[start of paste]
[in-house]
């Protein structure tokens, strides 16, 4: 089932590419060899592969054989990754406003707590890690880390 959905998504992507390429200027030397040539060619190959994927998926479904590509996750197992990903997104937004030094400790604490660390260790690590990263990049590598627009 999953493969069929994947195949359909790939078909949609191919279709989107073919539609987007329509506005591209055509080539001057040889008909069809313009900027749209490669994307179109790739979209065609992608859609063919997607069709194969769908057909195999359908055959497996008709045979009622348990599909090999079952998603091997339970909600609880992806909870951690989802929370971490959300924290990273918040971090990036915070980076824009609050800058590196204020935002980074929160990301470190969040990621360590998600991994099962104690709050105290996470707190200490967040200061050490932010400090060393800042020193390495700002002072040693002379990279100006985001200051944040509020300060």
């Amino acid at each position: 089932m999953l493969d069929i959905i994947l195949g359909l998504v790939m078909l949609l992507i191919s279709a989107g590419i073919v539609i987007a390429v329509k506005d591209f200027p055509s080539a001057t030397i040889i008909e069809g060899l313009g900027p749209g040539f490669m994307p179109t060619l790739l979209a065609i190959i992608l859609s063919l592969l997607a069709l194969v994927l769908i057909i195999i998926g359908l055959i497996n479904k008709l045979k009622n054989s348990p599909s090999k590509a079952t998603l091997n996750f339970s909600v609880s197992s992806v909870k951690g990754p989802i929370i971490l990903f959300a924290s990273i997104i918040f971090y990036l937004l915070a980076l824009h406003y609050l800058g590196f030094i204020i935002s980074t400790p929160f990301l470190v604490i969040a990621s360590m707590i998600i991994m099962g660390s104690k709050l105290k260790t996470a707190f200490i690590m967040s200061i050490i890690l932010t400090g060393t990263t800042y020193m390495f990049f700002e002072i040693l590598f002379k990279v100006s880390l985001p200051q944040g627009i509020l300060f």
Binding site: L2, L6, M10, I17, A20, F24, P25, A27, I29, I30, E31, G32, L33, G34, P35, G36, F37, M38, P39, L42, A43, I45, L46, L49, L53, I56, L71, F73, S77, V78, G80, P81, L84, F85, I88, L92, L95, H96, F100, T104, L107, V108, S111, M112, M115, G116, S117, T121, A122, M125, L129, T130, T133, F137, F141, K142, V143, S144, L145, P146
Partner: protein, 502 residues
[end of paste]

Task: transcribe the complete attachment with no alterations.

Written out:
[in-house]
């Protein structure tokens, strides 16, 4: 089932590419060899592969054989990754406003707590890690880390 959905998504992507390429200027030397040539060619190959994927998926479904590509996750197992990903997104937004030094400790604490660390260790690590990263990049590598627009 999953493969069929994947195949359909790939078909949609191919279709989107073919539609987007329509506005591209055509080539001057040889008909069809313009900027749209490669994307179109790739979209065609992608859609063919997607069709194969769908057909195999359908055959497996008709045979009622348990599909090999079952998603091997339970909600609880992806909870951690989802929370971490959300924290990273918040971090990036915070980076824009609050800058590196204020935002980074929160990301470190969040990621360590998600991994099962104690709050105290996470707190200490967040200061050490932010400090060393800042020193390495700002002072040693002379990279100006985001200051944040509020300060």
């Amino acid at each position: 089932m999953l493969d069929i959905i994947l195949g359909l998504v790939m078909l949609l992507i191919s279709a989107g590419i073919v539609i987007a390429v329509k506005d591209f200027p055509s080539a001057t030397i040889i008909e069809g060899l313009g900027p749209g040539f490669m994307p179109t060619l790739l979209a065609i190959i992608l859609s063919l592969l997607a069709l194969v994927l769908i057909i195999i998926g359908l055959i497996n479904k008709l045979k009622n054989s348990p599909s090999k590509a079952t998603l091997n996750f339970s909600v609880s197992s992806v909870k951690g990754p989802i929370i971490l990903f959300a924290s990273i997104i918040f971090y990036l937004l915070a980076l824009h406003y609050l800058g590196f030094i204020i935002s980074t400790p929160f990301l470190v604490i969040a990621s360590m707590i998600i991994m099962g660390s104690k709050l105290k260790t996470a707190f200490i690590m967040s200061i050490i890690l932010t400090g060393t990263t800042y020193m390495f990049f700002e002072i040693l590598f002379k990279v100006s880390l985001p200051q944040g627009i509020l300060f």
Binding site: L2, L6, M10, I17, A20, F24, P25, A27, I29, I30, E31, G32, L33, G34, P35, G36, F37, M38, P39, L42, A43, I45, L46, L49, L53, I56, L71, F73, S77, V78, G80, P81, L84, F85, I88, L92, L95, H96, F100, T104, L107, V108, S111, M112, M115, G116, S117, T121, A122, M125, L129, T130, T133, F137, F141, K142, V143, S144, L145, P146
Partner: protein, 502 residues